Organizations fall short of achieving their noble ambitions largely due to one primary root cause: the inability to harness the collective energy of the humans that work for them. We specifically use the words ‘humans’ because of the predictable, yet unavoidable, dysfunctions that arise when humans interact (or fail to) as the endeavor to deliver. The irony is that if leaders can account for these and take proactive steps to address them—they will create conditions that not only allow the company to flourish, but ensure people enjoy the journey in the process.
This first installment of the series addresses one very overlooked issue in most companies, one that may be quite surprising: 73.2% of the time, the top team (Big boss and direct reports) lacks the requisite clarity and collective alignment around the what the enterprise is trying to do. That’s right, silo thinking starts at the top.
Most executives we work with don’t believe it, and so we have to prove it to them. We ask top leaders to write down the 3-5 things that will matter most in the next 3-6 months in order for the company to be successful. As you may suspect, there is enough variation for us to be able to claim the statistic above; even if they get it broadly right, when you ask the follow on question ‘what does this team need to do to make these priorities happen’ you get strikingly different answers.
This is actually quite natural, as we all look at the same information through a different lens and of course, we interpret the information differently as well. Further, we are all subject to the everyday realities of running the business including the on-going ‘fires’ that need be extinguished. The challenge is that this leads to a default way of working that depletes time and energy away from the things that really will make a difference for the business. And, this is the beginning of the silo behavior to which we are all too familiar. Worse, only 9% of managers suggest they can rely on colleagues in other functions most of the time.1 I am reminded of most engagement surveys that we see which point to “my team” works great, its “everyone else” that is screwed up.
Now, if the top team doesn’t have it right, you can imagine how fragmented the messaging will be in the chain of communication across the organization. Often, we leave strategic planning sessions to attend individual leader meetings where they aim to communicate the new direction and it already falls short. Consider the example where one client announced that the focus will be on the customer (retailers in this case), when, in reality, the decision was to have the actual consumer be the deciding factor. Getting that wrong is a huge strategic misstep and will lead to all kinds of unproductive work as the message gets passed down through the company.
So, what can we do about it from where we sit in the organization? Start with things YOU can control. The big message for any leader anywhere in the company: YOU WILL OVER ASSUME THE LEVEL OF CLARITY THAT YOU AND YOUR TEAM HAVE ON ANY GIVE PERFORMANCE CHALLENGE/PROJECT/INITIATIVE YOU ARE TACKLING. Recently we asked members of cross-functional enterprise project teams to let us know how many attended the project kick-off meeting. In this particular case, nearly 80% said there was no project kick-off meeting and that they just got placed on it due to their past success in the company. Further, the majority of these folks had a different view as to WHY the project to which they were assigned was important. Reminds me of a Dilbert strip that read “if 90% of all projects fail, why don’t we work on the 10% that succeed.”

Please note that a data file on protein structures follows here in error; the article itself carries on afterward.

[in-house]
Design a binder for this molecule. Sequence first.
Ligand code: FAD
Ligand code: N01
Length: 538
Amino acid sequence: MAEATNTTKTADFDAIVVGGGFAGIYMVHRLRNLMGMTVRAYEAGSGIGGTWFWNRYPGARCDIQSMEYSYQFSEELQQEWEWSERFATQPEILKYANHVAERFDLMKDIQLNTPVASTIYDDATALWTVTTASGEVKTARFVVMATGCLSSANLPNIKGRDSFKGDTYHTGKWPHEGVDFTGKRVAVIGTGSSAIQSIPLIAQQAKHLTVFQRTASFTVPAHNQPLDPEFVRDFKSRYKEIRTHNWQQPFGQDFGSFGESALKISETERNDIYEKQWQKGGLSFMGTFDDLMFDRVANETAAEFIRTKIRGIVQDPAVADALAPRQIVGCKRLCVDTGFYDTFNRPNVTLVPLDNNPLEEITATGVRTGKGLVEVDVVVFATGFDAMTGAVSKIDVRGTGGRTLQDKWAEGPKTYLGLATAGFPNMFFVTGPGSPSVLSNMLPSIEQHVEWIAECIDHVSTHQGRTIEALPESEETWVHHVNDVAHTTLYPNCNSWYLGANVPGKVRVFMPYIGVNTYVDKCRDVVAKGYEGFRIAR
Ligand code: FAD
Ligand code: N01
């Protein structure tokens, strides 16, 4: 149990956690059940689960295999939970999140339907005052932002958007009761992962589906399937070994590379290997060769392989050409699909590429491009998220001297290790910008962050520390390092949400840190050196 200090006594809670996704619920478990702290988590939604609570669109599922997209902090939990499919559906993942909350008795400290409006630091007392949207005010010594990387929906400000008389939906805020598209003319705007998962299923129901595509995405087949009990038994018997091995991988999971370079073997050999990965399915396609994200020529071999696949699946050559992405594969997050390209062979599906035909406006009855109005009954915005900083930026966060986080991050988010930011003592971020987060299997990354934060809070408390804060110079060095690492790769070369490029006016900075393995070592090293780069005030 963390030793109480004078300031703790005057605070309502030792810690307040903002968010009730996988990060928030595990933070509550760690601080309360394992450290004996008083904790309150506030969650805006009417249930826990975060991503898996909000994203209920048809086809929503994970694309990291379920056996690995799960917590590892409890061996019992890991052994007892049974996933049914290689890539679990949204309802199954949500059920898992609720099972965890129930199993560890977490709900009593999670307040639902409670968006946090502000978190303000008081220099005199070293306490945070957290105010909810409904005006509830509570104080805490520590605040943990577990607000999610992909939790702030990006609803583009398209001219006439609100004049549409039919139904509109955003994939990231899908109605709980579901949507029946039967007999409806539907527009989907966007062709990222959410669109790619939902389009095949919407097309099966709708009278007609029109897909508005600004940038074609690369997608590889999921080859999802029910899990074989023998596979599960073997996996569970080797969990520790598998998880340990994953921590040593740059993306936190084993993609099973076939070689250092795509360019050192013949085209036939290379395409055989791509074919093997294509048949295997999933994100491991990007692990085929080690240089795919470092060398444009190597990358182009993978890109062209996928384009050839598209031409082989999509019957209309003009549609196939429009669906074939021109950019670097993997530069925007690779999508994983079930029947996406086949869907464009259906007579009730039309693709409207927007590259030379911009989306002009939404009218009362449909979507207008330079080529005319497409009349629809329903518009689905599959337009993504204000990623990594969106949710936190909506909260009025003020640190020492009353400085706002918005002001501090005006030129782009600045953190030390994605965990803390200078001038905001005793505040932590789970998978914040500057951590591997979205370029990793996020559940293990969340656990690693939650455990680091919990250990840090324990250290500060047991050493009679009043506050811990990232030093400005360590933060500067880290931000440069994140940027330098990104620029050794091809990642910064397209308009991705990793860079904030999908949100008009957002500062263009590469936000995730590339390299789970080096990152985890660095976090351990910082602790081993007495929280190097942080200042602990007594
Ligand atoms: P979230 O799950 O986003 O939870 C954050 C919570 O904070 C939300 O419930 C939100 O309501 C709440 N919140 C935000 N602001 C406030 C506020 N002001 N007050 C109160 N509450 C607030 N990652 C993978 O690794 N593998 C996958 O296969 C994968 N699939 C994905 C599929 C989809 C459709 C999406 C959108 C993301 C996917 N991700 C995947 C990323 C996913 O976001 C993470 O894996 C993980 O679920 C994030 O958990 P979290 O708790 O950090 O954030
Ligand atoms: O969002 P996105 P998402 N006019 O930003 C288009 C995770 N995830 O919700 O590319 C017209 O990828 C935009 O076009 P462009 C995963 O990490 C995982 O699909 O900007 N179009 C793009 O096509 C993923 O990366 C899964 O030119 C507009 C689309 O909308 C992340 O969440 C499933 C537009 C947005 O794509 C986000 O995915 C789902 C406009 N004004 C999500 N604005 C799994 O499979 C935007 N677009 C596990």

Starting with this point—that you will make the mistake of over assuming clarity—you must do something. That ‘something’ takes time which is why so often even our top leaders rush to the conclusion that all are aligned. You must take steps to know clearly what and why the project is so important. Ask others to clarify this and to expand on their answers. Does this support the company’s purpose (why the business exists)? Does it align with one of the strategic pillars or must-win battles (depending upon which phraseology you use)? Does the organization have the capacity and capability to execute against it? What will the unintended consequences of this project’s success be? What will likely cause it to fail (pre-mortem review)?
Now, to tackle the larger issue of a company’s top team not being aligned. The same principle applies to assume they will OVER assume their level of clarity. It is likely the top team did not have the rigorous debate and exploration of diverse points of view required through mutual discourse to surface a common understanding and level of alignment. They too often face an environment that lacks psychological safety to be perfectly candid; further, time pressures to move on inhibit the deeper conversations that must take place. The irony is that most folks will say they don’t have time for that to which we will respond, you can’t afford to NOT take the time. And you will get that time back with better execution against your strategy.
The best teams will take the time to have the right conversations, often steered by an outside professional facilitator who can ask provocative questions and challenge the current thinking. But, all too often, this is not the case. In the meantime, be sure you check for understanding, ask questions, help your leaders connect the dots. This can be done in a way that will NOT put them on the defensive (happy to share those techniques if interested).
Use your company’s purpose, vision, and strategy as anchors. Which leads me to the second installment of this series…coming soon.1Sull, D., Homkes, R. & Sull, C. (2015, March). Why Strategy Execution Unravels—and What to Do About It. Harvard Business Review, HBR re-print.1
1Sull, D., Homkes, R. & Sull, C. (2015, March). Why Strategy Execution Unravels—and What to Do About It. Harvard Business Review, HBR re-print.